OUR FAVORITE ANIMALS
The Stars of Elmwood Park Zoo
Elmwood Park Zoo is home to a wide range of animals, from cute and cuddly red pandas to slithering snakes; from big cats to small insects, there's a world of animals to discover. Here's a few of our favorites:
Everyone loves the playful red pandas. The adorable creatures, which are actually closer related to raccoons than pandas, get their names because of their love for bamboo.
We were so excited when the zoo announced that the giraffes would be staying at the zoo year-round starting in 2016. That means more chances to hand-feed these magnificent (and cute!) creatures.
Hannah and Mackenzie are two of the zoo's newest residents, and two of our absolute favorites! Hartmann's Mountain zebras are native to southwest Africa, but we think the pair fit in perfectly in Montco.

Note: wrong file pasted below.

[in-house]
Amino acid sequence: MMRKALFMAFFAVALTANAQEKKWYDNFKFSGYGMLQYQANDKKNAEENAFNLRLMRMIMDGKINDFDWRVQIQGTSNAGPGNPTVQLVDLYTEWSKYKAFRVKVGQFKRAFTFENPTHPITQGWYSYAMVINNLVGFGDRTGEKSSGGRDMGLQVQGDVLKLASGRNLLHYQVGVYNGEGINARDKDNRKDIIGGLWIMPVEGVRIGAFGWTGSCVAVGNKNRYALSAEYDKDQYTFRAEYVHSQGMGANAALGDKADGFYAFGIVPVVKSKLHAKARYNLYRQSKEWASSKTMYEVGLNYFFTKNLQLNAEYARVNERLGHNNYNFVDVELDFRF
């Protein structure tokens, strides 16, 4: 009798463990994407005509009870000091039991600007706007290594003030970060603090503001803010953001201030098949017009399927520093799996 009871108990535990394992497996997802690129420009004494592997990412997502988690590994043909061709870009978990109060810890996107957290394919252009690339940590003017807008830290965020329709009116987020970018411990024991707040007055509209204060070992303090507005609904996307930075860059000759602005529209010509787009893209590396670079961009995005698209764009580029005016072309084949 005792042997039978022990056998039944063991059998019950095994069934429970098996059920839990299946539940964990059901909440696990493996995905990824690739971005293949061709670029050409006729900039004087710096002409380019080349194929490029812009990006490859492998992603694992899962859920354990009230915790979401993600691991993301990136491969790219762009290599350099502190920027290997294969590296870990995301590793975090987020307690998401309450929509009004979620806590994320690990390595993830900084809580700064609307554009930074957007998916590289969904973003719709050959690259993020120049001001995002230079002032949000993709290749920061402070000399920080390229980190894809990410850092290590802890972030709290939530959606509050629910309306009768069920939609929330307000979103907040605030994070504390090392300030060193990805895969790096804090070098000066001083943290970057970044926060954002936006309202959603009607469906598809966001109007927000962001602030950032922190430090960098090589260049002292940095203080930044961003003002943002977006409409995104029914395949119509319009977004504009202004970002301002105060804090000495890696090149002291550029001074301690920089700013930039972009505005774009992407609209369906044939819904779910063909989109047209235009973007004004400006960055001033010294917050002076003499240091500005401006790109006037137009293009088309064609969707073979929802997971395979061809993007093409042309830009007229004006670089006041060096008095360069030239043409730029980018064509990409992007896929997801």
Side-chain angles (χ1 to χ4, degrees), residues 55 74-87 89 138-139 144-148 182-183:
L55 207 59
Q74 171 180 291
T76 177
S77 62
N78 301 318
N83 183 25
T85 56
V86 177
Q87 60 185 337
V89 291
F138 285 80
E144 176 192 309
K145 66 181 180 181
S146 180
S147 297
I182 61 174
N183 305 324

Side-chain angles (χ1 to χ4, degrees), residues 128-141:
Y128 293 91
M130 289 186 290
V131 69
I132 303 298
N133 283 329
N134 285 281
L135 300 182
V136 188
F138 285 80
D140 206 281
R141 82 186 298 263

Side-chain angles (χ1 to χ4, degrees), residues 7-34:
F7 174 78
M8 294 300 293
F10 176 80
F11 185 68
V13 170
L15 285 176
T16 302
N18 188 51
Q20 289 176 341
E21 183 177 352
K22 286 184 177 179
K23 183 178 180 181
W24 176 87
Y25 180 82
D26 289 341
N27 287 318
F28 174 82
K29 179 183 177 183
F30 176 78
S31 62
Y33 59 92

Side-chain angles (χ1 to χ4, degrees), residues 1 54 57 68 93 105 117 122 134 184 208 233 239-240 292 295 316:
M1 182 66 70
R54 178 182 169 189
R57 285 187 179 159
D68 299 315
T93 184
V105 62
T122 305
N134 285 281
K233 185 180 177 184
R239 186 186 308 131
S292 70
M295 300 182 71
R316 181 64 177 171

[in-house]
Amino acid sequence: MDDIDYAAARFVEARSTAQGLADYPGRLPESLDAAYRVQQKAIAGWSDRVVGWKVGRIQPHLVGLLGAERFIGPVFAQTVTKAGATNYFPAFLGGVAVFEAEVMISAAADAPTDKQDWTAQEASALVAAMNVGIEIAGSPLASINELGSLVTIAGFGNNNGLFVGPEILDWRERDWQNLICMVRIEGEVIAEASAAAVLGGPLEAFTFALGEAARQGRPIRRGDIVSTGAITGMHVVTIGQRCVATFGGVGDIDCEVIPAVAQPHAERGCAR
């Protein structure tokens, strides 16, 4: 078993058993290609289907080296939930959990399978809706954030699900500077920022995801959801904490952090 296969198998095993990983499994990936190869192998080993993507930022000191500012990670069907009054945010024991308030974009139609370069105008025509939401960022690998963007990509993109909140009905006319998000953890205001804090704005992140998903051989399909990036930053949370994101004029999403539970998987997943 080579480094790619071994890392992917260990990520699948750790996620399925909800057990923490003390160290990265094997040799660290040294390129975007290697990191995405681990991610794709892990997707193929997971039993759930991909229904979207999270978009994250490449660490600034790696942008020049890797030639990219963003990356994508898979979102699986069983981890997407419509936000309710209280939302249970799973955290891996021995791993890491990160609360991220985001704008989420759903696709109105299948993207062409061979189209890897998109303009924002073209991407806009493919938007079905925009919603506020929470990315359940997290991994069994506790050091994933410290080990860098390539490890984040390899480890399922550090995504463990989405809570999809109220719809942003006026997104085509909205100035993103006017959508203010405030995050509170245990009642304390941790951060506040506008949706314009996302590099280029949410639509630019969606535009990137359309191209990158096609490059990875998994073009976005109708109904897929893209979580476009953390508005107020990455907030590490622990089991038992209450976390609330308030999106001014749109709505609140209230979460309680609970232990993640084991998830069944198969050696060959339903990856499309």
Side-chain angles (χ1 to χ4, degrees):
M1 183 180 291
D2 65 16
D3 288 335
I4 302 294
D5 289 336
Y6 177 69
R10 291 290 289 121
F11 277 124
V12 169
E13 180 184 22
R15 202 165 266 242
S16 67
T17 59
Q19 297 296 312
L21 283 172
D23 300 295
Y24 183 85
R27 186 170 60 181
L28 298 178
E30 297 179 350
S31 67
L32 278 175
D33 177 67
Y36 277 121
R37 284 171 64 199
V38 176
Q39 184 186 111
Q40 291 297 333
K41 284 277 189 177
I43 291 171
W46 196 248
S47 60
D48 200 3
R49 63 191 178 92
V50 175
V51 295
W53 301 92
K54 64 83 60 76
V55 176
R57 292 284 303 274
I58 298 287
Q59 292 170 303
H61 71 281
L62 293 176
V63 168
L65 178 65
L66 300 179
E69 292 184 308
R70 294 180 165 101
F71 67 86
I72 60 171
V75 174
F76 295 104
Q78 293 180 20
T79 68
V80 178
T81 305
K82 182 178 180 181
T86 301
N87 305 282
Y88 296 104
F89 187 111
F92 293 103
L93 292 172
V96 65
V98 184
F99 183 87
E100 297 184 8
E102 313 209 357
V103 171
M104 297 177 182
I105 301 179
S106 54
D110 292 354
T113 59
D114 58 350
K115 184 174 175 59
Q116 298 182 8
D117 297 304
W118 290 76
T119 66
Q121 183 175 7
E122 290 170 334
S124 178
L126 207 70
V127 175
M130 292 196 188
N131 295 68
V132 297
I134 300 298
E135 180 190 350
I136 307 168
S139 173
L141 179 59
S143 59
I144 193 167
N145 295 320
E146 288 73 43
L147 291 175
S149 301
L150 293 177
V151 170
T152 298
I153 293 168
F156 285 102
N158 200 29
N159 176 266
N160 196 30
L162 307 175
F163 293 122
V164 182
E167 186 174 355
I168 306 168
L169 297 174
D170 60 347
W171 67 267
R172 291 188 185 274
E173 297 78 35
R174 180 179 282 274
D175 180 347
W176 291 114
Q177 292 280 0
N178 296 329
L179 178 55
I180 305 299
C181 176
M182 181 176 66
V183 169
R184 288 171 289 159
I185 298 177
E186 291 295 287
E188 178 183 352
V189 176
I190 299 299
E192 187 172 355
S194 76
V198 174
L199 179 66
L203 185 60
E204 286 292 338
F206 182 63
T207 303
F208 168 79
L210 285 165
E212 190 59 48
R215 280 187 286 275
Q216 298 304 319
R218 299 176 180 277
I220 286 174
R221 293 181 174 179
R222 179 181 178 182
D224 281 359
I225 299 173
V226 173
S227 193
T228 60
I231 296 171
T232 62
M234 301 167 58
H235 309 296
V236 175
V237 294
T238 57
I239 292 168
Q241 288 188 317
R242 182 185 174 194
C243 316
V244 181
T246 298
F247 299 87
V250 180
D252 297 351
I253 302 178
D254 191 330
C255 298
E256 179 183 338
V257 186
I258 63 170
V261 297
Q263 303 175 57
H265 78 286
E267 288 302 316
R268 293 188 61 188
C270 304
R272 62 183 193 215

One of the most majestic birds, the bald eagle holds a special place at Elmwood Park Zoo. Noah, the Zoo's resident bald eagle, is also a local celebrity, appearing on the sidelines of every Philadelphia Eagles home game.
The American bison is the largest North American land animal. The Zoo has four in residence: Tatonka, Dakota, Wendy and Francis, and guests have the opportunity to hand-feed them year-round.
Macaws are some of the most colorful birds in the wild and a true attraction at the Zoo. While macaws remain throughout the year, more tropical birds—the canary-winged parakeet and sun conure—arrive seasonally for the Birds of Paraidse exhibit each summer.
Jaguars once roamed free from Arizona to Argentina. Today, Jaguars are rare in the wild, but Elmwood Park Zoo is home to a pair of them: Zean and Inka.
Native to the Great Plains of the United States, black-tailed prairie dogs are some of the most entertaining animals at the zoo. The name is a bit of a misnomer as prairie dogs are actually relatives of the ground squirrel, not canines.
A pair of North American river otter are the only aquatic mammals that call Elmwood Park Zoo home. Rocky and Arya can be found year-round in the wetlands exhibit area.